Animal Rights Articles
Moo-ving people toward compassionate living
By Tom Regan
The other animals humans eat, use in science, hunt, trap, and exploit in a variety of ways, have a life of their own that is of importance to them apart from their utility to us. They are not only in the world, they are aware of it. What happens to them matters to them. Each has a life that fares better or worse for the one whose life it is.
That life includes a variety of biological, individual, and social needs. The satisfaction of these needs is a source of pleasure, their frustration or abuse, a source of pain. In these fundamental ways, the nonhuman animals in labs and on farms, for example, are the same as human beings. And so it is that the ethics of our dealings with them, and with one another, must acknowledge the same fundamental moral principles.
At its deepest level, human ethics is based on the independent value of the individual: The moral worth of any one human being is not to be measured by how useful that person is in advancing the interest of other human beings. To treat human beings in ways that do not honor their independent value is to violate that most basic of human rights: the right of each person to be treated with respect.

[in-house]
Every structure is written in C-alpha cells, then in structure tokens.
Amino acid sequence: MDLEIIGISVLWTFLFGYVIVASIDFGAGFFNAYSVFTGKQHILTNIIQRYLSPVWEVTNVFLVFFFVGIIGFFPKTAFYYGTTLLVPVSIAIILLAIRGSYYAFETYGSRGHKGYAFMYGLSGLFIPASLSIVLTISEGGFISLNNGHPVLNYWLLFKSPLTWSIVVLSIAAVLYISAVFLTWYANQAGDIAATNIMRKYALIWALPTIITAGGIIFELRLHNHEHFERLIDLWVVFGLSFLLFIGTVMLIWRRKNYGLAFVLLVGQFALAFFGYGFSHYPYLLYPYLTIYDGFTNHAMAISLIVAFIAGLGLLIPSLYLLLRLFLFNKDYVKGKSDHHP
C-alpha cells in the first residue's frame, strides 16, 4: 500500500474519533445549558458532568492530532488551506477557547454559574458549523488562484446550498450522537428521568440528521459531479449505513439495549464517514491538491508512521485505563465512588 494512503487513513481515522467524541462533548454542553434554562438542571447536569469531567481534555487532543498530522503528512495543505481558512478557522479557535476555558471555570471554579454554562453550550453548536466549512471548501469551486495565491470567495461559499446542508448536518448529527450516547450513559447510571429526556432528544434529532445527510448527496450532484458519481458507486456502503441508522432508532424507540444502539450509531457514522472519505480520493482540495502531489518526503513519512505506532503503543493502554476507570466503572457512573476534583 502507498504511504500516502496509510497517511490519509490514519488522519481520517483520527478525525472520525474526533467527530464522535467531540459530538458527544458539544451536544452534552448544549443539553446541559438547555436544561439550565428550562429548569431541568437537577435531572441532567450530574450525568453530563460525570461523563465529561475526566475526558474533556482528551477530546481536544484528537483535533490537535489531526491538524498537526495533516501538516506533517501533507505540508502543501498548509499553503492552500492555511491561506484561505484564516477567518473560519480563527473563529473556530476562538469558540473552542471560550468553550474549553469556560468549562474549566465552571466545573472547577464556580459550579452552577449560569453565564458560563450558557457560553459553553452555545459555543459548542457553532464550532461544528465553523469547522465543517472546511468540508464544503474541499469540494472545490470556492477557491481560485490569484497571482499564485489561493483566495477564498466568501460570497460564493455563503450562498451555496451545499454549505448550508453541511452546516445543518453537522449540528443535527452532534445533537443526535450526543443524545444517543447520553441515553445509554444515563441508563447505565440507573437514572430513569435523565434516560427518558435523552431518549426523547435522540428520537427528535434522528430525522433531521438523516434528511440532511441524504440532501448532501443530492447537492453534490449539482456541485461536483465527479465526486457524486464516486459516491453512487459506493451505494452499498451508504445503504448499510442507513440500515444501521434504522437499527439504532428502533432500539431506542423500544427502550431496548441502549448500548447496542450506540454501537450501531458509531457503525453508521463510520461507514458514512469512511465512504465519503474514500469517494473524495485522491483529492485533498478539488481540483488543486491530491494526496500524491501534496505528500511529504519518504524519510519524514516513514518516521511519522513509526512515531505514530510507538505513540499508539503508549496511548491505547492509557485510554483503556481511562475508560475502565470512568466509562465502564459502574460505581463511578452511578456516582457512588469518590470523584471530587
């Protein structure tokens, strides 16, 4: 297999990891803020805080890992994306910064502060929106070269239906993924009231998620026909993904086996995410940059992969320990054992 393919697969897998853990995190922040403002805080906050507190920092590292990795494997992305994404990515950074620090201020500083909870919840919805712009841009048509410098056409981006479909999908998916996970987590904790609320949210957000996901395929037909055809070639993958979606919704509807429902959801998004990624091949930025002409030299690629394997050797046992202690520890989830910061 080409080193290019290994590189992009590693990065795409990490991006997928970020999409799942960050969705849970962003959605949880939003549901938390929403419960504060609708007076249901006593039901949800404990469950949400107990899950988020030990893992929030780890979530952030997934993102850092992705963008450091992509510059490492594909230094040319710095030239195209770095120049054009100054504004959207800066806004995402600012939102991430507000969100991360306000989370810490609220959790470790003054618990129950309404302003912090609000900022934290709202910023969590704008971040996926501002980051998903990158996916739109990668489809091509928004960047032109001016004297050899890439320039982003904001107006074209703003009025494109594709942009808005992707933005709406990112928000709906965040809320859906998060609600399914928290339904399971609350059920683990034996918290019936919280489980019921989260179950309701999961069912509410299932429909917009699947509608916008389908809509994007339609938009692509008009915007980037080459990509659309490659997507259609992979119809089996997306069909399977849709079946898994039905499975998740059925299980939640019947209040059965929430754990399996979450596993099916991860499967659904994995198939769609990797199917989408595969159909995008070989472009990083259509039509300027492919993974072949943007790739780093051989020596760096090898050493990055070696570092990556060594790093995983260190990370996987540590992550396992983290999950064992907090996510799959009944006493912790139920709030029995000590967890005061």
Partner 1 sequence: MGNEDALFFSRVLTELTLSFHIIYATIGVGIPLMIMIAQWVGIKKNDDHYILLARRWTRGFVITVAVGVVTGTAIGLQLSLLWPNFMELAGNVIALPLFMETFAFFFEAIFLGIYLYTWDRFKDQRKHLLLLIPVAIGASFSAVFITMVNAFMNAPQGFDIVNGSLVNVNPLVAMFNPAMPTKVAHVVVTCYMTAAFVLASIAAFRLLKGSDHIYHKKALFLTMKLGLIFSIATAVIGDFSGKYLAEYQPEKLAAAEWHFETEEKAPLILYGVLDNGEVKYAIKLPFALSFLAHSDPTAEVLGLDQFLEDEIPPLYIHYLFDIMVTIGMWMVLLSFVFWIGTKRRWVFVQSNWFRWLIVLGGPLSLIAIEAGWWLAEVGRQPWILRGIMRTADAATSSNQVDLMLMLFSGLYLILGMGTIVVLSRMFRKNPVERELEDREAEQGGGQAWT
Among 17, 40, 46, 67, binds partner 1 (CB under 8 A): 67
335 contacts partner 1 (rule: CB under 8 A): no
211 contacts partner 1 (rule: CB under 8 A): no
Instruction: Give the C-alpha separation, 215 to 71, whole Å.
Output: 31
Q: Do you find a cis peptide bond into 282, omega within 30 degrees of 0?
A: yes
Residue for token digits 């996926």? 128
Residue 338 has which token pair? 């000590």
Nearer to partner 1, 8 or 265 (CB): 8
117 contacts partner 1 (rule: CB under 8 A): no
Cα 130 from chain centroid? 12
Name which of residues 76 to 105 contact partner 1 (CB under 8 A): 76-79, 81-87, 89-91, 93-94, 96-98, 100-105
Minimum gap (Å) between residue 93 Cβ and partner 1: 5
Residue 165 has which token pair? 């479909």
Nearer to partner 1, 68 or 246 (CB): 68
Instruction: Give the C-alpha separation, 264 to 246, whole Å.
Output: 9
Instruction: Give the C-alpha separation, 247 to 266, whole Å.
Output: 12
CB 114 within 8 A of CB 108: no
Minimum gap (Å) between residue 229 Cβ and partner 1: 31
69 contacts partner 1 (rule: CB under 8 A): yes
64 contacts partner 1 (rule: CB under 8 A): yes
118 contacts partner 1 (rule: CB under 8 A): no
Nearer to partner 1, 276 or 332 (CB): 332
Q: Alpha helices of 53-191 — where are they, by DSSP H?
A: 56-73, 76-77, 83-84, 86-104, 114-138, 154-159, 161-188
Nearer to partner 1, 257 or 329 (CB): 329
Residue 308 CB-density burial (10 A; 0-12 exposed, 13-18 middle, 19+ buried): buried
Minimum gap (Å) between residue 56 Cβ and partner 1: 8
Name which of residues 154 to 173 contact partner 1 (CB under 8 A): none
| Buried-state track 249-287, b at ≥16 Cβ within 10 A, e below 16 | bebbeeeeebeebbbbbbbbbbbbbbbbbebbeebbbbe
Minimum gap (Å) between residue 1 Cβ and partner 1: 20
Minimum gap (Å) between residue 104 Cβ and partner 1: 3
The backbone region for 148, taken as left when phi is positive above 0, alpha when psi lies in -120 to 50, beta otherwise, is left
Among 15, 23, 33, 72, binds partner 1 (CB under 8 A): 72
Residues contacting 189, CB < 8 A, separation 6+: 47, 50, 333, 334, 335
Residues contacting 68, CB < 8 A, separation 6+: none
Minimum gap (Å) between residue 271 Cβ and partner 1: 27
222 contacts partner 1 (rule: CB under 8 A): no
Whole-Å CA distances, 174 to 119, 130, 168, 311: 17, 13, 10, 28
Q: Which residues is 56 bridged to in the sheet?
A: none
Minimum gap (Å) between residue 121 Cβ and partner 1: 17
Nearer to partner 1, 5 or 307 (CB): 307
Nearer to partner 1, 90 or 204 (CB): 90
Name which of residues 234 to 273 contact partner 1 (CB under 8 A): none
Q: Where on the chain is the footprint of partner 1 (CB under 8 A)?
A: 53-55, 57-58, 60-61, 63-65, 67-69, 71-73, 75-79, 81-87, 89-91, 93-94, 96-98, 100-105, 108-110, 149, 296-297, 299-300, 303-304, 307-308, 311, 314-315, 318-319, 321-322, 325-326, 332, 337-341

The philosophy of animal rights demands only that logic be respected. For any argument that plausibly explains the independent value of human beings implies that other animals have this same value, and have it equally. And any argument that plausibly explains the right of humans to be treated with respect, also implies that these other animals have this same right, and have it equally, too.
It is true, therefore, that women do not exist to serve men, blacks to serve whites, the poor to serve the rich, or the weak to serve the strong. The philosophy of animal rights not only accepts these truths, it insists upon and justifies them.